Dan Sinker/blog

It's Not Yesterday Anymore

As I write this, journalists are being banned from Twitter for reasons both petty and arbitrary and almost too annoying to even explain. The short of it is that there's an account that tracks and posts the movements of Elon Musk's private jet using publicly-available data. After vowing that he was such a free-speech absolutist back in November that he'd never ban the jet account (which at one point he tried to buy from the literal college kid who runs it), he banned it last night, then un-banned it, then banned it again and is now playing whack-a-mole with journalists and others that are sharing links to the account on other platforms. The long of it is much more convoluted and told in more detail elsewhere.

This is, of course, the latest in a near-constant string of shitty news coming out of Twitter since Musk took over. Some of it has been funny, like the day he opened up bluechecks for anyone with $8 to burn without listening to the people who warned him it would lead to a flood of impersonations, but most of it has just been awful: from firing around three-quarters of the people that work there—in ways also petty and arbitrary—to opening the floodgates for the fascists that had been banned from the platform in recent years, to the predictable racist, homophobic, transphobic, and antisemitic attacks that followed. Twitter is no longer a good place to be.

Which sucks because, for me, despite all the reasons it was intolerable at times, Twitter was where I spent a great deal of my time. It's where I made friends, met colleagues, cracked jokes, built lasting collaborations, and yes, got a little bit famous for a bit. When I'm being honest with myself, I'd say the last decade of my life is probably largely defined by Twitter (oh god), and so the month or two that has passed since Musk took over has felt, to me, a bit like grief.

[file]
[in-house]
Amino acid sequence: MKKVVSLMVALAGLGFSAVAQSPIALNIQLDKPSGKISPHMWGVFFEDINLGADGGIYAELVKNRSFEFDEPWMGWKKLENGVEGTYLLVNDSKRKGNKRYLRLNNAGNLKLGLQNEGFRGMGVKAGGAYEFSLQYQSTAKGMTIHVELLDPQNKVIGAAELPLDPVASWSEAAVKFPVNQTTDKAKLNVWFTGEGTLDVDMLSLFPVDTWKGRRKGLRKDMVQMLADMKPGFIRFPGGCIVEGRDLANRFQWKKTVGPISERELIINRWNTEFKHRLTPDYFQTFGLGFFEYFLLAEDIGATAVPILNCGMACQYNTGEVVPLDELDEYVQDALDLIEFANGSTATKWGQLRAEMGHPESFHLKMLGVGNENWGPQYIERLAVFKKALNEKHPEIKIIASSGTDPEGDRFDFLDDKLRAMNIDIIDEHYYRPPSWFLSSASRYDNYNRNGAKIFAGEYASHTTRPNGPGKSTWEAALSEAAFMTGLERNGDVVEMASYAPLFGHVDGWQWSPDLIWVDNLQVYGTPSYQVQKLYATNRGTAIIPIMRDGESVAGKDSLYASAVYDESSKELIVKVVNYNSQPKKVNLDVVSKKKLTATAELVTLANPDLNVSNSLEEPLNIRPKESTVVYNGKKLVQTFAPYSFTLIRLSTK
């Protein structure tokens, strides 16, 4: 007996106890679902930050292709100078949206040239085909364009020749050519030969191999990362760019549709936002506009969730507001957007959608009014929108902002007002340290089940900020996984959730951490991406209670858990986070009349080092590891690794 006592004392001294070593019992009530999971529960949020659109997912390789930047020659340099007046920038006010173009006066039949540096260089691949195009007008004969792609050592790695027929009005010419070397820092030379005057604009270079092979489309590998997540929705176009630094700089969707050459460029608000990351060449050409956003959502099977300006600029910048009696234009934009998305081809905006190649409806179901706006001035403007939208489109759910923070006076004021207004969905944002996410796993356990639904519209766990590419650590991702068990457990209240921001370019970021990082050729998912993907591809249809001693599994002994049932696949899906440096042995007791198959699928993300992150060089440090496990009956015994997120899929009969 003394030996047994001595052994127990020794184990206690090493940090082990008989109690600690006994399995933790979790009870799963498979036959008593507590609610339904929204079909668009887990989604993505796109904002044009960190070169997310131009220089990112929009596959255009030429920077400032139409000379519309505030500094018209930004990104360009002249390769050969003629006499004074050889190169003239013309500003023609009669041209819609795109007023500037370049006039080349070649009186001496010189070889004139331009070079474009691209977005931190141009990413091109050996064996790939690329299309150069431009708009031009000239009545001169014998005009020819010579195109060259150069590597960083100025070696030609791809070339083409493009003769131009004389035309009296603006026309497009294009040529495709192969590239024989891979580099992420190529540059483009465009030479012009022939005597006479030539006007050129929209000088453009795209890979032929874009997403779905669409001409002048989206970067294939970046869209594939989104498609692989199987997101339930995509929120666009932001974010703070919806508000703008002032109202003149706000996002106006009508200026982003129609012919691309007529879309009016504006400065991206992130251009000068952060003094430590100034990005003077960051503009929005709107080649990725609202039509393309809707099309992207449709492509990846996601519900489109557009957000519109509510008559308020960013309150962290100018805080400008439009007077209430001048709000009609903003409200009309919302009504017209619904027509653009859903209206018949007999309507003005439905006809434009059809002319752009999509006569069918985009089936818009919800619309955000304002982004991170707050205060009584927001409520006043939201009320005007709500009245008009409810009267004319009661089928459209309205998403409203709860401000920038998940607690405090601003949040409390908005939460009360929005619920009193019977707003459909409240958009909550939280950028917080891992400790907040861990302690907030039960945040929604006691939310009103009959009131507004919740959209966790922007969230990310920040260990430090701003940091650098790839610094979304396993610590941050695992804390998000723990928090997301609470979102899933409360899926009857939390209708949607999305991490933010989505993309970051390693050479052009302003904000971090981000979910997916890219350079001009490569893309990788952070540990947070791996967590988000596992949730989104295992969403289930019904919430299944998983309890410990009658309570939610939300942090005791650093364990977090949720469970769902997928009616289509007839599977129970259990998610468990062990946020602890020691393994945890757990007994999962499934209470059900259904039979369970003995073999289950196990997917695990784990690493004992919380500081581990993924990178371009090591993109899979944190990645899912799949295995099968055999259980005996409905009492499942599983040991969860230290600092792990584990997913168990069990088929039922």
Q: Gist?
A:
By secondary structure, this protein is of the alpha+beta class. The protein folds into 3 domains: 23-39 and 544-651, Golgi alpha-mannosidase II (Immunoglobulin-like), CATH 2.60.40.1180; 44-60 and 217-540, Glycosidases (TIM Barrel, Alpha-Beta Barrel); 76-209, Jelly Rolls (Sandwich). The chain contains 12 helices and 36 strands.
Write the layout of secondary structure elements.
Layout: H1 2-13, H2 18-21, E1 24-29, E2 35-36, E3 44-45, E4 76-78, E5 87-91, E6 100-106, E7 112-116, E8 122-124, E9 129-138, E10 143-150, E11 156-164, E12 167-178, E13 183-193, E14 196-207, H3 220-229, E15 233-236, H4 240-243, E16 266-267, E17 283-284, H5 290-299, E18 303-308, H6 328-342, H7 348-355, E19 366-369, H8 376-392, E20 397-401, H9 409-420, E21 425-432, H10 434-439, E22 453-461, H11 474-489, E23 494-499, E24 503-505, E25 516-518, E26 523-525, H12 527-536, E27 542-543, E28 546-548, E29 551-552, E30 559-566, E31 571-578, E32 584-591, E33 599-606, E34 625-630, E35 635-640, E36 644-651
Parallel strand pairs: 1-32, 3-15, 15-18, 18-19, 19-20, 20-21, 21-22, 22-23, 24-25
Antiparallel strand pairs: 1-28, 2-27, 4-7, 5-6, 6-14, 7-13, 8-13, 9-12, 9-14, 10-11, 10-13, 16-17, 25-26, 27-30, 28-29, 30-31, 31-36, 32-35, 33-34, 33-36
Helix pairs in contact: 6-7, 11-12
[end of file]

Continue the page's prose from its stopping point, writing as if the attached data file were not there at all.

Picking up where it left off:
Look, I get it: Come on man, it's Twitter. But also, you probably understand a little too. Our lives are so intertwined with the technology we use to live them that to lose a space inside our glowing rectangles feels like true loss. Because it is.

I've been weaning myself off Twitter since the first wave of layoffs, and each new hit of news reinforces that it's probably the right move. But it's not an easy one. Every part has been hard. I found my muscle-memory to launch Twitter was so ingrained that I swapped the icon on my phone with Mastodon just to retrain my brain. Hell, I built this entire website from scratch just to establish my presence in a space that I could actually own and control (yes, I could have done that part easier, but I'll always choose the hard way). Mostly, I miss my friends.

I'm still on Twitter occasionally, but my interactions are perfunctory now. Links to new episodes of my podcast, or to the other places people can find me on the internet. When I'm there it feels louder and meaner than I remember, but I think probably it's the same. I want better for Twitter than the awful existence that Musk has charted. But mostly, I want better for us.

Figuring out places to be, ways to keep connections alive, find new methods of sharing experiences with others has been my driving factor of the last month or so, and I think for many of us will define a lot of our 2023. My hope is that we won't simply replace one monolithic platform with another. That we'll take this disruption in routine as an opportunity to further disrupt a status quo that has needed disruption for some time. That we'll try new things, build new things, find new ways to connect that don't simply replicate the patterns of the past but instead move toward a future that feels better for everyone.

Published December 15, 2022.

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